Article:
“Oh, I think so, don’t we Fred?” he laughed, “but once Madden’s asleep we can pretty much do as we please. What are they gonna do? Trade me for Craig Morton?”

Stabler stopped his windy rambling long enough to sign an autograph for a man who wished him good luck in tomorrow’s game. Caustically sketching a conglomeration of Xs and Os on a bar napkin he covered up his work accusing us of spying for the Orange and Blue. His cloak and dagger shenanigans continued pressing the shrimp and potato skins into service. It then culminated with an offer to sell out the entire Raider game plan for another drink.

Someone at the bar sent over another round.

“What time you getting up tomorrow, Kenny,” asked Fred suddenly squinting at his watch.

“What time is the game, Fred? laughed Stabler attempting to return our attention to his pigskin schematic.

“It’s at two, or three,” answered Biletnikoff now returning to a more jovial mood. “Is this Rocky Mountain Time?”

“What time does the bar close?” continued Stabler.

“Two or three,” quipped Fred which brought another chorus of whoops.

Just then a voice from across the room interrupted our rare silence.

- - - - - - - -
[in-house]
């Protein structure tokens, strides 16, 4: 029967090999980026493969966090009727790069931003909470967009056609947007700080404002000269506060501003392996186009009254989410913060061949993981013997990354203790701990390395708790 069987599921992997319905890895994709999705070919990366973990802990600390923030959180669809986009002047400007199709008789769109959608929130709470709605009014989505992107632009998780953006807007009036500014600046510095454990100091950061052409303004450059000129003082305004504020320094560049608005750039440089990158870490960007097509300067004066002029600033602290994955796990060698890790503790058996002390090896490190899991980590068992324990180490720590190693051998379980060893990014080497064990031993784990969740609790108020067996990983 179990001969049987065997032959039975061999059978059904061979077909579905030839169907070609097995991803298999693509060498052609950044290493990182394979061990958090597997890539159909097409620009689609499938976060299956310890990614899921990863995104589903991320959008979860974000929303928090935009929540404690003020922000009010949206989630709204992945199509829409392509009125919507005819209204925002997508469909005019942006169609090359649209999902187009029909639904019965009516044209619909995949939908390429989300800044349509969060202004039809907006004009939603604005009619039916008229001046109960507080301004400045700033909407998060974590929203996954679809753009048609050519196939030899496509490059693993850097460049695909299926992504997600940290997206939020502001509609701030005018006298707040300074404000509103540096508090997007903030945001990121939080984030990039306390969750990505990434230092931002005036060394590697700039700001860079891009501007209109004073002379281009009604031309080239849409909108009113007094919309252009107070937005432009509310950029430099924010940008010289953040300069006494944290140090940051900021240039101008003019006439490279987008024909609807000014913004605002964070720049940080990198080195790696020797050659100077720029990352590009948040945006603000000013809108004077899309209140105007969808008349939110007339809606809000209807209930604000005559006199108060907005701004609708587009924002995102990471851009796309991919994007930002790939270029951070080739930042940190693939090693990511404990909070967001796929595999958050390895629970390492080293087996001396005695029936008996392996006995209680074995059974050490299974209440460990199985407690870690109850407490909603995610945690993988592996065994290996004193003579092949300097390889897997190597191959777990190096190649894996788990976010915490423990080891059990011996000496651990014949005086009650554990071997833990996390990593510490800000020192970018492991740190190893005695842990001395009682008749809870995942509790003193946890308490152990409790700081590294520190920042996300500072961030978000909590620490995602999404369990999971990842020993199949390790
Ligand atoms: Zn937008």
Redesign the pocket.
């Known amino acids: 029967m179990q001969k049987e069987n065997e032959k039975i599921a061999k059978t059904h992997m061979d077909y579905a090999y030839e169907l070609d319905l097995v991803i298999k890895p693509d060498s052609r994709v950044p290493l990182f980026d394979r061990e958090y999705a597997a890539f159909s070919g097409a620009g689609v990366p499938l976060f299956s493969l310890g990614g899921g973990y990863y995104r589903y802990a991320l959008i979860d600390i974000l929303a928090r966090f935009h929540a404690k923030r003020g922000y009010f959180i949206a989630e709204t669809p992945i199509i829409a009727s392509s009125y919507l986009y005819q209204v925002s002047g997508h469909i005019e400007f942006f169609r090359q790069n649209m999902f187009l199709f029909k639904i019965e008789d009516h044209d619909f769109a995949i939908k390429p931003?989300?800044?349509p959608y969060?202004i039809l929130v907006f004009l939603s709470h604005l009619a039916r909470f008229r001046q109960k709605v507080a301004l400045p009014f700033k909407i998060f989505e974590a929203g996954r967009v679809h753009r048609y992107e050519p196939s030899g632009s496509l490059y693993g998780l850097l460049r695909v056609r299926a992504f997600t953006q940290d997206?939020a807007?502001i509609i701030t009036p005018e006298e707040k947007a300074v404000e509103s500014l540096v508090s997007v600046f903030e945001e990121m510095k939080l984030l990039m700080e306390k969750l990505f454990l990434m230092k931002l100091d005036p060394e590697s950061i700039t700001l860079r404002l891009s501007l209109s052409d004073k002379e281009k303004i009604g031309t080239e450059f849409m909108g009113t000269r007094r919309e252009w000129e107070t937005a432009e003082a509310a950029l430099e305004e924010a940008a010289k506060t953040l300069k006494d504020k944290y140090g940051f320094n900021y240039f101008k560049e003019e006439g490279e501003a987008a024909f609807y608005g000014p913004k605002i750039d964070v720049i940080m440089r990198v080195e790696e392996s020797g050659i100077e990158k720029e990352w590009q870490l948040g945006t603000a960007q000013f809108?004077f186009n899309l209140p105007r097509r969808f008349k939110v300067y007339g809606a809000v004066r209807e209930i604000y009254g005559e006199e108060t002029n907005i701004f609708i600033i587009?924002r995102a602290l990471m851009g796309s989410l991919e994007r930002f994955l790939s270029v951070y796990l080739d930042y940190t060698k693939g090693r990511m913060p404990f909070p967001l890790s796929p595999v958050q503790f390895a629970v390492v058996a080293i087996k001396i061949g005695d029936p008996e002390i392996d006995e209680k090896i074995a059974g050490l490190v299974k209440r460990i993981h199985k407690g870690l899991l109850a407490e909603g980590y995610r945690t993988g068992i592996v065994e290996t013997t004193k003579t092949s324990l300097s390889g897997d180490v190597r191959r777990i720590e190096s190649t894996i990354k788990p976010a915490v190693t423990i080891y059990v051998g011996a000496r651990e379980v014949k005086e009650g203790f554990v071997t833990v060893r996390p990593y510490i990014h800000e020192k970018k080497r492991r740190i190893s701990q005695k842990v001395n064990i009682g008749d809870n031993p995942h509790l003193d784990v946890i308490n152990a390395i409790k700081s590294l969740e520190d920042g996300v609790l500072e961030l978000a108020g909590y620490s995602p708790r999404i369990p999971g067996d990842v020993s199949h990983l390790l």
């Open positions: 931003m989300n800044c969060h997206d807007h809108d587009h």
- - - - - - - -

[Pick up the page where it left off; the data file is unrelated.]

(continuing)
“Hey Kenny, the well-oiled man bellowed. Isn’t it past your bedtime?”

“Thanks for the reminder,” joked Stabler, “but Al Davis should be by to pick us up in a minute.”

“I wouldn’t wait if I were you,” continued the drunk. “You look as if you need a little sleep before the game tomorrow.”

“Oh, it’s no problem,” quacked Stabler. “We’re only playing the Broncos!”

The bar grew quiet. One could hear a mouthpiece drop. Everyone gazed in disbelief. This ruffian from Oakland via Alabama had insulted our sacred Broncos. Seconds crept by. The drunk stood up, walked to our booth, staggered once more trying to say something to Stabler, he then fell head first over into a large Boston fern minding its business in the corner.

That was enough to bring an explosion of laughter and more drinks.

“I didn’t mean to insult your team,” smiled Stabler in our general direction.

“That’s no problem,” said Bobby, “the plant got the worst of it.”

“Yeah, we’re Raider fans anyway,” I swilled. “You’ve been buying most of the drinks.”

“There’s still hope for you provincials,” said Stabler as he and Biletnikoff headed for the door at last call.

“We’ll be watching you tomorrow,” said Bobby. “We’ll be in the South Stands.”

“I’ll throw you one late in the fourth quarter,” said Stabler as he hopped into a cab.

The next day the Raiders beat the Broncos 42-6 with Stabler tossing three touchdown passes to Fred Belitnikoff, who ran his pass routes with uncompromising precision, although he did look a little shaky on the team bus at the end of the game.

– Melvin Toole